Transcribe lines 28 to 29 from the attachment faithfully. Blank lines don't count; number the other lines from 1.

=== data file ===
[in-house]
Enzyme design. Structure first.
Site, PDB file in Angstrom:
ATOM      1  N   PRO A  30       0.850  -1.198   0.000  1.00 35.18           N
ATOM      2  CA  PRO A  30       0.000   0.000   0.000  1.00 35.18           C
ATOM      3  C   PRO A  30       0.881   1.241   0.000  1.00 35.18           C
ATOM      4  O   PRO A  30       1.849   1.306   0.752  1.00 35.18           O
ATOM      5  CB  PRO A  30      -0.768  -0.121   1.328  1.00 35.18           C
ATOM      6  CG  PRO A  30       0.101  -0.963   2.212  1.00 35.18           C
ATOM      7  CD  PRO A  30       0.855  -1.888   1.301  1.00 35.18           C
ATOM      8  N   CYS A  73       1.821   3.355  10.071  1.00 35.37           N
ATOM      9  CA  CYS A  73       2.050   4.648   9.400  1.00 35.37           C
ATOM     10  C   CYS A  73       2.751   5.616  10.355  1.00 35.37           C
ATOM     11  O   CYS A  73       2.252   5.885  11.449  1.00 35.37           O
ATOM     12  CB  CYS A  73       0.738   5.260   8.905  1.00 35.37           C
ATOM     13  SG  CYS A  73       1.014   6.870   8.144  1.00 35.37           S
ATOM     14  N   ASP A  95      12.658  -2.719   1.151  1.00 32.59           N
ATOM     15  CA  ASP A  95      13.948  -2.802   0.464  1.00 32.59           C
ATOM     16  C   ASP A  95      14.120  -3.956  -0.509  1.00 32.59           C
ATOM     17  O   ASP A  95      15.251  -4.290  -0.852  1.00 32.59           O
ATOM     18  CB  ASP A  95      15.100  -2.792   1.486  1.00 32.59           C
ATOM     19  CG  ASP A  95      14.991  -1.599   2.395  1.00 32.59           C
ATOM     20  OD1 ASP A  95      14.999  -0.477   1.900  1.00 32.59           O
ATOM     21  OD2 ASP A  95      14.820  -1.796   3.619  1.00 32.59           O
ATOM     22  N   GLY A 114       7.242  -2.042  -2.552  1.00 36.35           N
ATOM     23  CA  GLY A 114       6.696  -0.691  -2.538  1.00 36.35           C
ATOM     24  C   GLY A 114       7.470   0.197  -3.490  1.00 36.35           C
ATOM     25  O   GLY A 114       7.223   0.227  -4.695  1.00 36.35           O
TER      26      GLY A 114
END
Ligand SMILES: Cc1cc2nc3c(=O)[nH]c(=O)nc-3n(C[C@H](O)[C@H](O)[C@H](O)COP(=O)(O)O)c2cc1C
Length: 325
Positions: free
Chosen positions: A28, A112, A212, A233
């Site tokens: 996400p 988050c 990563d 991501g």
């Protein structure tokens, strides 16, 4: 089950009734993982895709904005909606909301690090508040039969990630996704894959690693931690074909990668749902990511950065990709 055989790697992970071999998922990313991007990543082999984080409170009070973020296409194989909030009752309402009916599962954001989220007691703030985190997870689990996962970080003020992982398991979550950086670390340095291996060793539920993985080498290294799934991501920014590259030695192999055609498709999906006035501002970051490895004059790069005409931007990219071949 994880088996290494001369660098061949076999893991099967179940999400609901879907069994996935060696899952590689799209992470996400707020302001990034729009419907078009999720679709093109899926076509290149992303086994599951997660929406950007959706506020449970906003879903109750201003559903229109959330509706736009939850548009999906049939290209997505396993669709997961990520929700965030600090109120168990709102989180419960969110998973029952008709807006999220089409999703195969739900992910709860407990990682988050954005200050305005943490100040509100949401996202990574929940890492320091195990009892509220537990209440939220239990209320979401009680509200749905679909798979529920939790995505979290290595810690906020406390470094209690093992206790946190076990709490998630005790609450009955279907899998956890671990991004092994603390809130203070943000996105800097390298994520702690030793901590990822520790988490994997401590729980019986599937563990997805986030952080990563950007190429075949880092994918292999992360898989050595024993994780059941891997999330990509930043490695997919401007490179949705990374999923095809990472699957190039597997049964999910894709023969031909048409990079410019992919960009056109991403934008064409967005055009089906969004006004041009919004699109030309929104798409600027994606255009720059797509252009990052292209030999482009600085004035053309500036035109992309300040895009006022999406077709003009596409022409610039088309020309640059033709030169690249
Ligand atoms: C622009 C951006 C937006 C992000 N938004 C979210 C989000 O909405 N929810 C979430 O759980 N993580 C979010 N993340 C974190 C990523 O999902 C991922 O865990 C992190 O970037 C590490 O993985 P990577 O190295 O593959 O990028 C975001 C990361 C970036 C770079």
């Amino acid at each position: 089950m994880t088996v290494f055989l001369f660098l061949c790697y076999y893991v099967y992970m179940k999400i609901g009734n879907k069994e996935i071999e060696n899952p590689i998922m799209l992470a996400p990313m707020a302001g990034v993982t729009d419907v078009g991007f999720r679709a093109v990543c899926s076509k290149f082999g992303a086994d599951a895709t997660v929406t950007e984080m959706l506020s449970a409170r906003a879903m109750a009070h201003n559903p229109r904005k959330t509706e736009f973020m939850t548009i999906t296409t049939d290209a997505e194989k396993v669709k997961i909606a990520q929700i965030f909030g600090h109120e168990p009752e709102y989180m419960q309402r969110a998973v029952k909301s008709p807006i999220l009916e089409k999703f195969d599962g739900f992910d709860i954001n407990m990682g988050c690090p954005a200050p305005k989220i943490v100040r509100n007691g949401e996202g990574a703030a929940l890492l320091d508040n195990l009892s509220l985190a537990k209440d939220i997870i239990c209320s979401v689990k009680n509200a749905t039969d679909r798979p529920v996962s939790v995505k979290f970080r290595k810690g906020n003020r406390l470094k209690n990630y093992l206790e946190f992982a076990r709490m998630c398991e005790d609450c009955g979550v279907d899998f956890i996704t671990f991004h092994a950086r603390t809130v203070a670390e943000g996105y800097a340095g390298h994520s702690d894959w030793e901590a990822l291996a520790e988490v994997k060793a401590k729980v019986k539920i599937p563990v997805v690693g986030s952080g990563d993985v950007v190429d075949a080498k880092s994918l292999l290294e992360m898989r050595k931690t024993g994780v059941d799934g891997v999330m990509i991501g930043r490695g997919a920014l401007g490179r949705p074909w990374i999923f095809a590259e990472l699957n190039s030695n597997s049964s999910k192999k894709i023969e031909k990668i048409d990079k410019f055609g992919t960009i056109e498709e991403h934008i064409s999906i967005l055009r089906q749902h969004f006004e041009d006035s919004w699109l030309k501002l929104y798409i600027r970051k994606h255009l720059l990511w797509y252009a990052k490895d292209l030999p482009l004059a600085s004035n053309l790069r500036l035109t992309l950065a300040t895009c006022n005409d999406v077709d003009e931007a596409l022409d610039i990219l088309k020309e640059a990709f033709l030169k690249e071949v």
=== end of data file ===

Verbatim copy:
ATOM     25  O   GLY A 114       7.223   0.227  -4.695  1.00 36.35           O
TER      26      GLY A 114